In 1902 Cuba has been free of Spanish shackles for four years, yet her American liberators show little sign of moving on. Cuba’s beauty and fruitfulness has made some American businessman very wealthy, and despite promises of a democratic election, some Americans are interfering. They believe it would be better for Cuba, and their pockets, if she were the 46th US state. If elections do proceed, an American puppet governor seems likely, but some Cubans remain hopeful that democracy will prevail as President Theodore Roosevelt is keen on a peaceful transition of power to the Cubans. Others are convinced violent resistance to the American occupation is the only solution, but developments take a sinister turn when the dead begin returning to life. Roosevelt commissions the SPOOKS’ to be sent to Cuba with a mission to neutralise the rebel Santero (Voodoo) priest Islero. SPOOKS leader Morton Chapel has a mysterious and intimate knowledge of Cuban culture, so things should go fairly smoothly. IF his team listens to his advice and his benefactor is honest about his own motives. As things go south, the team learns the hard way to trust their leader’s instincts. Just because they don’t believe in the occult doesn’t means its power and influence is diminished.

Christian Rossi’s art gives El Santero a wonderfully eerie atmosphere, one that intentionally sets out to confuse. The purpose is to make the reader, like SPOOKS operatives Katherine and Joey, doubt reality. Did we see what we thought we saw? Rossi’s panel placement facilitates this and while the confusion can be frustrating at times, you have to admire his genius. The early 20th Century period style is fantastic, the gun battles and cavalry charges superbly rendered. Emotional nuances of pain, fear and lust shine on the page. Writers Xavier Dorison and Fabien Nury’s narrative feels disjointed in places, but since this adds a further ethereal quality to the tale, its likely an intentional device. The art and writing provide a cinematic quality, abruptly shifting attention to other characters or developments. It works well for the most part, but again it can be disorientating. It’s best to remember that the entire series of six books are in reality three stories with two halves each. El Santero sets up the plot while The 46th State ties it all up. Things make more sense if the second half is read in quick succession, a tactic best used for the entire series.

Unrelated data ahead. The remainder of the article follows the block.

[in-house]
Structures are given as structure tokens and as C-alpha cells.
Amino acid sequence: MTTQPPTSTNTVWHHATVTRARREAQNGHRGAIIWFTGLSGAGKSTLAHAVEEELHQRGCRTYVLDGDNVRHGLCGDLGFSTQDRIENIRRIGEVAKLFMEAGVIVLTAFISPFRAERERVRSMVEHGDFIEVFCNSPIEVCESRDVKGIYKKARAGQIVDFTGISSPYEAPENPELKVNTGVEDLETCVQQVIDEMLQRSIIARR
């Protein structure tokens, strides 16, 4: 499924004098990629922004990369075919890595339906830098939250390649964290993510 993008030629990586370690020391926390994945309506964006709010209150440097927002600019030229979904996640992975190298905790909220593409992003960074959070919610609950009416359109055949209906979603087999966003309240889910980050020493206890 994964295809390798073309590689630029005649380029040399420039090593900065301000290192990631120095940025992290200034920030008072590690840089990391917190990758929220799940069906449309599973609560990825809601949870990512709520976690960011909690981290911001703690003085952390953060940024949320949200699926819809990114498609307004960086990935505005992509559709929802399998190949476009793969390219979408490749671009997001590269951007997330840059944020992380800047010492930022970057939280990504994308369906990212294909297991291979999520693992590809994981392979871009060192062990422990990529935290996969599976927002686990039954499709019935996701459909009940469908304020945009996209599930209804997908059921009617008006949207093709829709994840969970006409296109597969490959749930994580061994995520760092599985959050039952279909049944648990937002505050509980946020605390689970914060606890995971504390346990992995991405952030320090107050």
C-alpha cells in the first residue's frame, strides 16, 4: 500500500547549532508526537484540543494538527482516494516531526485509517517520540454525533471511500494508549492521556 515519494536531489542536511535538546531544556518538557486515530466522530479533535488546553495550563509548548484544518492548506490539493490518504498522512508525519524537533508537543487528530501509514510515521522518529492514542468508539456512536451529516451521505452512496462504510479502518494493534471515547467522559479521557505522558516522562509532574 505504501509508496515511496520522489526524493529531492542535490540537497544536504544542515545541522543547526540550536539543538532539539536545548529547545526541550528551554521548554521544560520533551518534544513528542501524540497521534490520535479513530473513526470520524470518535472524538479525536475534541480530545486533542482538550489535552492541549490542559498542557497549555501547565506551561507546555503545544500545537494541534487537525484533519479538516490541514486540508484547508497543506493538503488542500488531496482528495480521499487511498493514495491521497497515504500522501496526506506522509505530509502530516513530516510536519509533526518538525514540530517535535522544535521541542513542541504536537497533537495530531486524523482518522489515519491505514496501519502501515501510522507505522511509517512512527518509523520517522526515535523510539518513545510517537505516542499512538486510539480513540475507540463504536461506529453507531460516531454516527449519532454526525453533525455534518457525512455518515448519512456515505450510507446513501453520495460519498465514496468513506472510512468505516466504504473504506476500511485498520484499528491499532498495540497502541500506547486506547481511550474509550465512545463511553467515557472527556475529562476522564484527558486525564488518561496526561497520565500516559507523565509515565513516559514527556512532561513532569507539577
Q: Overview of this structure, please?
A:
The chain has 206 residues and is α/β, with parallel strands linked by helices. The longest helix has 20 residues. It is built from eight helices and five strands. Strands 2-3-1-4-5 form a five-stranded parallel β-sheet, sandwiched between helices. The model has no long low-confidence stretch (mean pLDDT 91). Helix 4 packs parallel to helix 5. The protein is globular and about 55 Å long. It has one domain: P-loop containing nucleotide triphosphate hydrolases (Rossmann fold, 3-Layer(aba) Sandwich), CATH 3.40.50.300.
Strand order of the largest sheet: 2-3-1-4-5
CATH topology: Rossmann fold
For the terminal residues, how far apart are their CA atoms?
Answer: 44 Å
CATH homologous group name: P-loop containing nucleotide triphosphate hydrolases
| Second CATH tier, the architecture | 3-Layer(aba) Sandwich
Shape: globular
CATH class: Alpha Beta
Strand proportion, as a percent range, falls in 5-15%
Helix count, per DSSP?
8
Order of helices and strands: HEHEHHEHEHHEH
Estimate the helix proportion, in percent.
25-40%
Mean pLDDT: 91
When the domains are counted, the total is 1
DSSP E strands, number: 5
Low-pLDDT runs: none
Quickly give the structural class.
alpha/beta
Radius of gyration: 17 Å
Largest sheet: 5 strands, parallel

El Santero looks stunning and is well researched, giving this alternate history a believable quality. When the action gets going it becomes quite the action thriller. The clever cliff-hanger sets up an action packed conclusion in The 46th State.